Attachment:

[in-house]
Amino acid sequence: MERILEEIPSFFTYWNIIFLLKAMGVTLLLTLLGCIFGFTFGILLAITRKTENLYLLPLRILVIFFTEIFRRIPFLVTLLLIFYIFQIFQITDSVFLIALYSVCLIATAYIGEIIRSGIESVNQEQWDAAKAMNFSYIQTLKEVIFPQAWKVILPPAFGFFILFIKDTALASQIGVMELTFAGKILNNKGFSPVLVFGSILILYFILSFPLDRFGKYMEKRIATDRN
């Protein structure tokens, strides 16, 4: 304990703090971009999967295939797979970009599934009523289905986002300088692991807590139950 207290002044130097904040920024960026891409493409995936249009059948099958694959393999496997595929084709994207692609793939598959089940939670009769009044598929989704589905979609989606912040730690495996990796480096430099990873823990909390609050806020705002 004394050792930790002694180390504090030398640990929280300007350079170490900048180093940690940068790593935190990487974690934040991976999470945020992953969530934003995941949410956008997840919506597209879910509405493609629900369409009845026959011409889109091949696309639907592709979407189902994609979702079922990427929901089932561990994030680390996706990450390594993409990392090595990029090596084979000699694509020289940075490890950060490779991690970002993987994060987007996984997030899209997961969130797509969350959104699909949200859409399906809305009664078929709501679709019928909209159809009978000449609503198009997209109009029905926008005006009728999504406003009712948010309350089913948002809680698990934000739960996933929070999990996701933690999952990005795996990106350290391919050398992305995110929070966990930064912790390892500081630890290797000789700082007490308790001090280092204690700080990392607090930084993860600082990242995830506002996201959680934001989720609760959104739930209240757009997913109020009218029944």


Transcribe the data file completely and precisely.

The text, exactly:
[in-house]
Amino acid sequence: MERILEEIPSFFTYWNIIFLLKAMGVTLLLTLLGCIFGFTFGILLAITRKTENLYLLPLRILVIFFTEIFRRIPFLVTLLLIFYIFQIFQITDSVFLIALYSVCLIATAYIGEIIRSGIESVNQEQWDAAKAMNFSYIQTLKEVIFPQAWKVILPPAFGFFILFIKDTALASQIGVMELTFAGKILNNKGFSPVLVFGSILILYFILSFPLDRFGKYMEKRIATDRN
């Protein structure tokens, strides 16, 4: 304990703090971009999967295939797979970009599934009523289905986002300088692991807590139950 207290002044130097904040920024960026891409493409995936249009059948099958694959393999496997595929084709994207692609793939598959089940939670009769009044598929989704589905979609989606912040730690495996990796480096430099990873823990909390609050806020705002 004394050792930790002694180390504090030398640990929280300007350079170490900048180093940690940068790593935190990487974690934040991976999470945020992953969530934003995941949410956008997840919506597209879910509405493609629900369409009845026959011409889109091949696309639907592709979407189902994609979702079922990427929901089932561990994030680390996706990450390594993409990392090595990029090596084979000699694509020289940075490890950060490779991690970002993987994060987007996984997030899209997961969130797509969350959104699909949200859409399906809305009664078929709501679709019928909209159809009978000449609503198009997209109009029905926008005006009728999504406003009712948010309350089913948002809680698990934000739960996933929070999990996701933690999952990005795996990106350290391919050398992305995110929070966990930064912790390892500081630890290797000789700082007490308790001090280092204690700080990392607090930084993860600082990242995830506002996201959680934001989720609760959104739930209240757009997913109020009218029944």